By Mayuresh V. Belsare
Everyone we know has been fighting in their own ways in these uncertain times. My own conflicts have spanned from being highly emotional to confused and anxious. A lot of it would have remained buried in the pages of my diary had it not been for this urge to share my personal experiences from the COVID timelines. Here’s a peek into my personal journey from such times that I hope will entertain you no less, provided you believe in divine intervention.
In the past few weeks and months, we have understood the importance of focusing only on the meaningful aspects of our day to day life. I have always believed that in mitigating hurdles of existence, the universe comes to your rescue in the form of divine intervention. My everyday travel companion and faculty colleague, Apurva Bhilare, cackled unapologetically with unbridled joy upon hearing this. She agreed with me when I explained that I have coined this phrase to describe how much relaxed one feels to be unexpectedly relieved of some mundane, tedious and boring tasks, which if not done wouldn’t have made significant impact on many lives. At this, she too wished such divine interventions would come to her rescue as she planned to take leave and get married by the year end.
This divine intervention has helped us all to take a pause and take a relook at our lives. In my case the first six months proved to be peaceful. However, in the month of September, I got my first jolt. My wife had contracted an infection from the Corona virus. She resides in Mumbai and it was difficult for me to be by her side as I am based out of Pune. Some did try to urge me to her side saying work should not be a hindrance in fulfilling my duties towards my family. Staying true to my nature and relying upon my wisdom, I did eventually ignore their conventional advice. But it got me thinking — am I slave to work or love? Or is my work my love? Turns out I am as ruthless as this system that compels an individual to beat machines at giving uninterrupted output.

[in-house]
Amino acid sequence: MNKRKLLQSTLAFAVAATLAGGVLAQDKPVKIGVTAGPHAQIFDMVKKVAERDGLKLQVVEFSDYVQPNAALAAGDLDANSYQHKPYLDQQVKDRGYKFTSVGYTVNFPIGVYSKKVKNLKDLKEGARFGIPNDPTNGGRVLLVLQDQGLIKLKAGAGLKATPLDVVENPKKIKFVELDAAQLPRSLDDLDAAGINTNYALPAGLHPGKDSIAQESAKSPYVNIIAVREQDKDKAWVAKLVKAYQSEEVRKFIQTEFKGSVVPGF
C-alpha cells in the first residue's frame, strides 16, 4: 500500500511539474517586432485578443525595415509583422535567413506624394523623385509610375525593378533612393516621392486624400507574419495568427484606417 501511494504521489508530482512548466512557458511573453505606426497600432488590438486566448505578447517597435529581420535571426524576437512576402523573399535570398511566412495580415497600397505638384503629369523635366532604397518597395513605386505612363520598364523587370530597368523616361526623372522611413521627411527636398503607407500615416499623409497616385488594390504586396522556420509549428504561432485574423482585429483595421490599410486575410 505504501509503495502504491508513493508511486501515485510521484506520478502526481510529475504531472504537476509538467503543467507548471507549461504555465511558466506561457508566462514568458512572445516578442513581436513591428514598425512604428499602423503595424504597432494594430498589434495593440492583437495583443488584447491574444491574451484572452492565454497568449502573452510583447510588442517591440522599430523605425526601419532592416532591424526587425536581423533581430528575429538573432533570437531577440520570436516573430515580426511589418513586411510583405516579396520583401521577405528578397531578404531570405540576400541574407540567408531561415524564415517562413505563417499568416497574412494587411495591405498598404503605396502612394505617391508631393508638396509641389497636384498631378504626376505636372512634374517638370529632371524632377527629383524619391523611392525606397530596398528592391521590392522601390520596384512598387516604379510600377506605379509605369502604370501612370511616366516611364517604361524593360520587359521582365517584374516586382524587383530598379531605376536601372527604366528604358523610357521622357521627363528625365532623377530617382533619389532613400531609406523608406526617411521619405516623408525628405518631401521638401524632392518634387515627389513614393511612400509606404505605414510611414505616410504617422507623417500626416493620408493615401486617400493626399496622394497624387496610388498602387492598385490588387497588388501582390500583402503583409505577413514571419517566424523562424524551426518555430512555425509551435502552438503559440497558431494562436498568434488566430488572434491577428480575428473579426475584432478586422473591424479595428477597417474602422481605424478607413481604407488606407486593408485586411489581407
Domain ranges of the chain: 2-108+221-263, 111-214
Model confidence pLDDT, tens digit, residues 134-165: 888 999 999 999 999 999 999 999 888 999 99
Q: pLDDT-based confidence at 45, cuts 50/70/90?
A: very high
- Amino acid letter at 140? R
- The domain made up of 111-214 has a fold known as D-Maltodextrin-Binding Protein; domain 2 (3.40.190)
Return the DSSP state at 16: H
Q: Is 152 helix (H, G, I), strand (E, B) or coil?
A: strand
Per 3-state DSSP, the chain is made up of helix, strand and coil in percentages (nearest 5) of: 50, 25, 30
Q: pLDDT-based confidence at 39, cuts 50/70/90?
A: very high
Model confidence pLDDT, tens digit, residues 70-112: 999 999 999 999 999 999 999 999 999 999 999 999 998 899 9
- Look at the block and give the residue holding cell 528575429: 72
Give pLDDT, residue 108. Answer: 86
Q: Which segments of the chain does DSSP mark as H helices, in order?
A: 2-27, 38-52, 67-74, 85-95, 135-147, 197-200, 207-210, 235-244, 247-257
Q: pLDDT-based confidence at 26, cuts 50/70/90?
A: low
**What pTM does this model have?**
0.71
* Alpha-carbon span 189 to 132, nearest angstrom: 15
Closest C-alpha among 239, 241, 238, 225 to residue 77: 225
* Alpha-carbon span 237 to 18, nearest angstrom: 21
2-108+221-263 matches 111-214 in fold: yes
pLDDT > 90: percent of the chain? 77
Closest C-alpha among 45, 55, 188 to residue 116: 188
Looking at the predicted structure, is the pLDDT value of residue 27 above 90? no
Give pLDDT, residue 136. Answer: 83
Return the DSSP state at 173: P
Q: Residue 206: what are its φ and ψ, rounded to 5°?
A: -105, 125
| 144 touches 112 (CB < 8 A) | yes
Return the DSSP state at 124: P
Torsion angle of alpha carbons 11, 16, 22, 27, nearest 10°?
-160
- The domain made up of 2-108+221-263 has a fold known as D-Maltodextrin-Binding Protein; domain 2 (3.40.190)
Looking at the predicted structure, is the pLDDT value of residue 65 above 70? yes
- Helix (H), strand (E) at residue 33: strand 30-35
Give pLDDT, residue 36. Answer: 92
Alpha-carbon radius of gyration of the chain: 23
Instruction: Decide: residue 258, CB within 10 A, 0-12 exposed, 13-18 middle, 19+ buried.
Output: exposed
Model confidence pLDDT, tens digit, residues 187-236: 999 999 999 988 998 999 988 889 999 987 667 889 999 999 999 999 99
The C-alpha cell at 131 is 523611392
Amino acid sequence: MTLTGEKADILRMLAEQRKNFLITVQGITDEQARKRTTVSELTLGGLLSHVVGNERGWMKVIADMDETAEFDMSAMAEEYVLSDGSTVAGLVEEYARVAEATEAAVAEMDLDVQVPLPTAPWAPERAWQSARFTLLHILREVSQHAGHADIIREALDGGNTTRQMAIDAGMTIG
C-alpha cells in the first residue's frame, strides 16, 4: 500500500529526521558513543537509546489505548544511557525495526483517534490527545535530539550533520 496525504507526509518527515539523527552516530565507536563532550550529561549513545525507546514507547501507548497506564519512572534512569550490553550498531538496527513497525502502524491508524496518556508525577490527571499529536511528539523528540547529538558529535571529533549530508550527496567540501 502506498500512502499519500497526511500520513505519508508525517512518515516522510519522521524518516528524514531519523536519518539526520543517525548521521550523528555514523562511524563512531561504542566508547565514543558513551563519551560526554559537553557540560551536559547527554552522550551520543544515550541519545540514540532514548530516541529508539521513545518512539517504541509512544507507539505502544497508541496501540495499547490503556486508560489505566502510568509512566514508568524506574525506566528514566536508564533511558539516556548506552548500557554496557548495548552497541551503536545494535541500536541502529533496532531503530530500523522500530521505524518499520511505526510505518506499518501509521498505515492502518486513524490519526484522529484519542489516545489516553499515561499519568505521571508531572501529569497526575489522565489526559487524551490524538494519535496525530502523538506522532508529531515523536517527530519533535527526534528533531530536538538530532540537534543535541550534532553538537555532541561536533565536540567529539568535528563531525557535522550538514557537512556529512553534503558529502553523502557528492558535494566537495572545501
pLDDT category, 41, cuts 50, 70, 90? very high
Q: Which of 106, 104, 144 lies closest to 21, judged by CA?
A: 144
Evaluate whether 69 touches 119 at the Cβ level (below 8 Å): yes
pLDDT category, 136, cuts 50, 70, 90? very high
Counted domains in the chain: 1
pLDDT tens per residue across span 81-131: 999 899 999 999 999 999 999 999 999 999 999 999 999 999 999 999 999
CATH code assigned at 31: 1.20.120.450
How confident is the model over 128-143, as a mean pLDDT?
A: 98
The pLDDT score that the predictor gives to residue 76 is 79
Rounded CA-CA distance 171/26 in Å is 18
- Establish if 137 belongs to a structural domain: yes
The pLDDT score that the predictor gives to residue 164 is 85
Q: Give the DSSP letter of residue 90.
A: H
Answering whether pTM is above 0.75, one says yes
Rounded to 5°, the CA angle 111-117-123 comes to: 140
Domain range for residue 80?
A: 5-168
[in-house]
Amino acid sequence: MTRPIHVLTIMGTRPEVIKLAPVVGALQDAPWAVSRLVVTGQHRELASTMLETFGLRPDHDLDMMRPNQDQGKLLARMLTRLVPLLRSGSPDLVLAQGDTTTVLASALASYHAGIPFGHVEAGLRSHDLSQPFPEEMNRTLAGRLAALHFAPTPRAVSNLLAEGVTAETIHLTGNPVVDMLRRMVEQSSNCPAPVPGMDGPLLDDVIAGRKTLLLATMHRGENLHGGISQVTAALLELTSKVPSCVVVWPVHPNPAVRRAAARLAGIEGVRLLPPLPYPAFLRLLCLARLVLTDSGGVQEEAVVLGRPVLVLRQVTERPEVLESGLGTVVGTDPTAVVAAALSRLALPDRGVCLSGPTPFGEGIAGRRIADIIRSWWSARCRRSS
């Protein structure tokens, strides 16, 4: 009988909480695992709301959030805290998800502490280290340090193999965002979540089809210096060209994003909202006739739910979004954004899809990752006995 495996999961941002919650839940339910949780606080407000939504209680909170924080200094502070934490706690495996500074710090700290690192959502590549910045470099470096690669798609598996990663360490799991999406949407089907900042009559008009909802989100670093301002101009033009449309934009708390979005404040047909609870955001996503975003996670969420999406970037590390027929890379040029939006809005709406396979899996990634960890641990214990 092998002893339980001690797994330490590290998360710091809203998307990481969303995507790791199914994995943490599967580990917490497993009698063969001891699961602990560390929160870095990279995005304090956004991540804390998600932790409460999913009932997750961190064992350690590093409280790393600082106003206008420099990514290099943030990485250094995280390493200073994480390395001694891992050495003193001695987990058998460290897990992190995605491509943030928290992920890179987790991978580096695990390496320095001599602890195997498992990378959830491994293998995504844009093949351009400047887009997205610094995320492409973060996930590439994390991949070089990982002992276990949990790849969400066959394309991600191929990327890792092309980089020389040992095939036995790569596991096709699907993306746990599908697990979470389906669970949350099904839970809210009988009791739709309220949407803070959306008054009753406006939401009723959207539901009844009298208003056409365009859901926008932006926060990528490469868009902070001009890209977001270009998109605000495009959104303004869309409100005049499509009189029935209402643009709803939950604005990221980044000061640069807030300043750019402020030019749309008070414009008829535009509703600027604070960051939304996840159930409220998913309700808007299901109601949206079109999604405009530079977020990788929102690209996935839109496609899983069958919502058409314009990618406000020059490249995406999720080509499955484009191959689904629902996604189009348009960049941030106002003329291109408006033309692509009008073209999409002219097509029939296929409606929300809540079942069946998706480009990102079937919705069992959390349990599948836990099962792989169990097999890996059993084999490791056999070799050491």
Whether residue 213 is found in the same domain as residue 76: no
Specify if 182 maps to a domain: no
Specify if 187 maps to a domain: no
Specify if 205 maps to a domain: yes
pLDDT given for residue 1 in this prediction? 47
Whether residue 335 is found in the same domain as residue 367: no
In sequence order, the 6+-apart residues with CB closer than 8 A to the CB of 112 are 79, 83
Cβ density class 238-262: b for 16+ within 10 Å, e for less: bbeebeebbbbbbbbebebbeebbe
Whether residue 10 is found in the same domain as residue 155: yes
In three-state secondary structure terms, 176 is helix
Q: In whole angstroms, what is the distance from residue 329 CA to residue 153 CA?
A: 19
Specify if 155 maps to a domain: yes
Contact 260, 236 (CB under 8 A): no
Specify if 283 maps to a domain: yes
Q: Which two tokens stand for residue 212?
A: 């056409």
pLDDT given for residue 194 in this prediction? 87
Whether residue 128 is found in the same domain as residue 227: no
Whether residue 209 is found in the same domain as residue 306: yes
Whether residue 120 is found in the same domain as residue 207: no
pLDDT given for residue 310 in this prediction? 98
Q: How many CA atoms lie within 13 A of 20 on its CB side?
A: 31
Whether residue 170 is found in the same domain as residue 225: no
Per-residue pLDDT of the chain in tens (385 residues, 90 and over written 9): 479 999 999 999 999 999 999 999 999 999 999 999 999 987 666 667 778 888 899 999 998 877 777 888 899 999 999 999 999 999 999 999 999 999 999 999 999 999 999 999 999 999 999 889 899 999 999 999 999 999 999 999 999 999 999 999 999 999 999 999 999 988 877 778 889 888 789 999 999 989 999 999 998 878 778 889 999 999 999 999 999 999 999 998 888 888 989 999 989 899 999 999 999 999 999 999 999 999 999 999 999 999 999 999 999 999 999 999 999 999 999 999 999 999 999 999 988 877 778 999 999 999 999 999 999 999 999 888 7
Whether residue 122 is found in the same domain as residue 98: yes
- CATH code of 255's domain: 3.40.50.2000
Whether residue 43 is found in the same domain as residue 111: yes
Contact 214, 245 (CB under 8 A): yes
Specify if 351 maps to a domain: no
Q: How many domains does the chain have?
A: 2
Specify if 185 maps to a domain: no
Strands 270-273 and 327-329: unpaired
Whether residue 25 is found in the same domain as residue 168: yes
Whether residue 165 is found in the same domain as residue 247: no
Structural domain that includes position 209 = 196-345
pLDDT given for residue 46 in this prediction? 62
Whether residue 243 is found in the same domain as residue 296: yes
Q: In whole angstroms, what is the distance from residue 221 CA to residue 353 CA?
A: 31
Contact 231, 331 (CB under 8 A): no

A self-confessed hypochondriac, I was getting restless by this time. And I didn’t have to wait for long before I experienced the symptoms myself. The stage was set for an action packed sequence. The frequency of ayurvedic concoctions also known as kadhas* was increased to thrice a day. Other immunity boosting tablets cropped up on my workstation. Breathing exercises became my constant companion. Consulting a physician was the last resort on the action plan. Frantic calls were made to my scientist brother in the US and his advice sought. And yes, spirituality suddenly invaded my otherwise predictable life with all of its aura and myriad charm.
By this time my wife had conquered the initial fear and she had become stable. She said one need not panic and should try to stay calm. Surprisingly, she asked me to get tested if I continued to feel uncomfortable. On the other hand, my brother had asked me to wait and watch since he was well aware of my hypochondriac self. Genetically blessed with acute acidity that acts up in mysterious ways, I had experienced many of its scary manifestations in the past few months — from racy heartbeats to bouts of uneasiness.